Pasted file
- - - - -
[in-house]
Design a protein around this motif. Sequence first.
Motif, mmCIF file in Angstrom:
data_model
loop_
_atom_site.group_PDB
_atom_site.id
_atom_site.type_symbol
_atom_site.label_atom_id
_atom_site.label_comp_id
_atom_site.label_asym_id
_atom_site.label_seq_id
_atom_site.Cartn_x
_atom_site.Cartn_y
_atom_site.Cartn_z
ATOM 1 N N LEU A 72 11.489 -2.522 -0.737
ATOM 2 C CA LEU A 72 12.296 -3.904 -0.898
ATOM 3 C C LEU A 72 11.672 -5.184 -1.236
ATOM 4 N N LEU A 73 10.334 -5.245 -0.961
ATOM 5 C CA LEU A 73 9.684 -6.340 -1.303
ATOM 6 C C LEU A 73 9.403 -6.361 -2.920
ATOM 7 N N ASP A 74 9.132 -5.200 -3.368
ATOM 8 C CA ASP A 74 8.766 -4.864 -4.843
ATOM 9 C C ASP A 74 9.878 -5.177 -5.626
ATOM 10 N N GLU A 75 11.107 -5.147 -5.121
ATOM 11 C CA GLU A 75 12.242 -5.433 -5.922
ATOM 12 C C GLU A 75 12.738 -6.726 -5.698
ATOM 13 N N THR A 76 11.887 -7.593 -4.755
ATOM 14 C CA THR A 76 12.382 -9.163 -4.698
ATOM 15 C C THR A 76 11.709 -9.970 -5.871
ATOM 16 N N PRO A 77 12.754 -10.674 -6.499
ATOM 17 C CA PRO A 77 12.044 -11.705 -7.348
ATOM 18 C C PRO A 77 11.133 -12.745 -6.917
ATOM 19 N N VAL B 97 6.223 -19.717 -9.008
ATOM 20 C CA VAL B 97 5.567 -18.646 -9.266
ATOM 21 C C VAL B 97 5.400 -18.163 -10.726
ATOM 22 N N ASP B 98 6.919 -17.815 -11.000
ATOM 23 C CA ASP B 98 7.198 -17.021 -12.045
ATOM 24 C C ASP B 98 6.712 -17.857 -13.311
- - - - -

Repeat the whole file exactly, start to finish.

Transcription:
[in-house]
Design a protein around this motif. Sequence first.
Motif, mmCIF file in Angstrom:
data_model
loop_
_atom_site.group_PDB
_atom_site.id
_atom_site.type_symbol
_atom_site.label_atom_id
_atom_site.label_comp_id
_atom_site.label_asym_id
_atom_site.label_seq_id
_atom_site.Cartn_x
_atom_site.Cartn_y
_atom_site.Cartn_z
ATOM 1 N N LEU A 72 11.489 -2.522 -0.737
ATOM 2 C CA LEU A 72 12.296 -3.904 -0.898
ATOM 3 C C LEU A 72 11.672 -5.184 -1.236
ATOM 4 N N LEU A 73 10.334 -5.245 -0.961
ATOM 5 C CA LEU A 73 9.684 -6.340 -1.303
ATOM 6 C C LEU A 73 9.403 -6.361 -2.920
ATOM 7 N N ASP A 74 9.132 -5.200 -3.368
ATOM 8 C CA ASP A 74 8.766 -4.864 -4.843
ATOM 9 C C ASP A 74 9.878 -5.177 -5.626
ATOM 10 N N GLU A 75 11.107 -5.147 -5.121
ATOM 11 C CA GLU A 75 12.242 -5.433 -5.922
ATOM 12 C C GLU A 75 12.738 -6.726 -5.698
ATOM 13 N N THR A 76 11.887 -7.593 -4.755
ATOM 14 C CA THR A 76 12.382 -9.163 -4.698
ATOM 15 C C THR A 76 11.709 -9.970 -5.871
ATOM 16 N N PRO A 77 12.754 -10.674 -6.499
ATOM 17 C CA PRO A 77 12.044 -11.705 -7.348
ATOM 18 C C PRO A 77 11.133 -12.745 -6.917
ATOM 19 N N VAL B 97 6.223 -19.717 -9.008
ATOM 20 C CA VAL B 97 5.567 -18.646 -9.266
ATOM 21 C C VAL B 97 5.400 -18.163 -10.726
ATOM 22 N N ASP B 98 6.919 -17.815 -11.000
ATOM 23 C CA ASP B 98 7.198 -17.021 -12.045
ATOM 24 C C ASP B 98 6.712 -17.857 -13.311